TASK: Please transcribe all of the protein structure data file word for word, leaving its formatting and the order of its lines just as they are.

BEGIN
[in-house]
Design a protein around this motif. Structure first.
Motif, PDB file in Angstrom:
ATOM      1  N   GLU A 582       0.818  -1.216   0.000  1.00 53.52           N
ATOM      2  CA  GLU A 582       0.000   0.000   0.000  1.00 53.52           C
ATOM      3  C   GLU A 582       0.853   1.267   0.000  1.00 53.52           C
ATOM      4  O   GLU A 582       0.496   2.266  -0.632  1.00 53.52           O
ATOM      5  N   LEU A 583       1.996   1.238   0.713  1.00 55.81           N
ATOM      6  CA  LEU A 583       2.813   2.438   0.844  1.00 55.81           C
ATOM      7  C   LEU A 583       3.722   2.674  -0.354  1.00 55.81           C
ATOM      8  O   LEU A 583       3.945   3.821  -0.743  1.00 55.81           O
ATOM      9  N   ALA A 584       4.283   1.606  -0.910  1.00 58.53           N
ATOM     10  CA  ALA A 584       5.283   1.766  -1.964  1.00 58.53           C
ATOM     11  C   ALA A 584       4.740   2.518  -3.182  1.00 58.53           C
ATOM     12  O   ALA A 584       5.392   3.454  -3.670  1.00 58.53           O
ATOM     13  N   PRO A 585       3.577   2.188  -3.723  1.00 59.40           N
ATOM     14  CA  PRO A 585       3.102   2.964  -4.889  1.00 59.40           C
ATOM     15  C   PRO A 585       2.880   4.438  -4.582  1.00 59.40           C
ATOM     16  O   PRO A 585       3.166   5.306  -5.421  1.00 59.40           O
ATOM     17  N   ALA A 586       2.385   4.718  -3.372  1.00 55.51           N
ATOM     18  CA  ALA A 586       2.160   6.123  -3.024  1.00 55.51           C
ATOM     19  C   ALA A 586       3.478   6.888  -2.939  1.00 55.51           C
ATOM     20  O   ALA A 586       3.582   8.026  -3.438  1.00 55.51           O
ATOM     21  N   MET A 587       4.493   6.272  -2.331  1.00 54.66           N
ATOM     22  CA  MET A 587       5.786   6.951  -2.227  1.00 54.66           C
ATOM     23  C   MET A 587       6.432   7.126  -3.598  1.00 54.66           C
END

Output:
[in-house]
Design a protein around this motif. Structure first.
Motif, PDB file in Angstrom:
ATOM      1  N   GLU A 582       0.818  -1.216   0.000  1.00 53.52           N
ATOM      2  CA  GLU A 582       0.000   0.000   0.000  1.00 53.52           C
ATOM      3  C   GLU A 582       0.853   1.267   0.000  1.00 53.52           C
ATOM      4  O   GLU A 582       0.496   2.266  -0.632  1.00 53.52           O
ATOM      5  N   LEU A 583       1.996   1.238   0.713  1.00 55.81           N
ATOM      6  CA  LEU A 583       2.813   2.438   0.844  1.00 55.81           C
ATOM      7  C   LEU A 583       3.722   2.674  -0.354  1.00 55.81           C
ATOM      8  O   LEU A 583       3.945   3.821  -0.743  1.00 55.81           O
ATOM      9  N   ALA A 584       4.283   1.606  -0.910  1.00 58.53           N
ATOM     10  CA  ALA A 584       5.283   1.766  -1.964  1.00 58.53           C
ATOM     11  C   ALA A 584       4.740   2.518  -3.182  1.00 58.53           C
ATOM     12  O   ALA A 584       5.392   3.454  -3.670  1.00 58.53           O
ATOM     13  N   PRO A 585       3.577   2.188  -3.723  1.00 59.40           N
ATOM     14  CA  PRO A 585       3.102   2.964  -4.889  1.00 59.40           C
ATOM     15  C   PRO A 585       2.880   4.438  -4.582  1.00 59.40           C
ATOM     16  O   PRO A 585       3.166   5.306  -5.421  1.00 59.40           O
ATOM     17  N   ALA A 586       2.385   4.718  -3.372  1.00 55.51           N
ATOM     18  CA  ALA A 586       2.160   6.123  -3.024  1.00 55.51           C
ATOM     19  C   ALA A 586       3.478   6.888  -2.939  1.00 55.51           C
ATOM     20  O   ALA A 586       3.582   8.026  -3.438  1.00 55.51           O
ATOM     21  N   MET A 587       4.493   6.272  -2.331  1.00 54.66           N
ATOM     22  CA  MET A 587       5.786   6.951  -2.227  1.00 54.66           C
ATOM     23  C   MET A 587       6.432   7.126  -3.598  1.00 54.66           C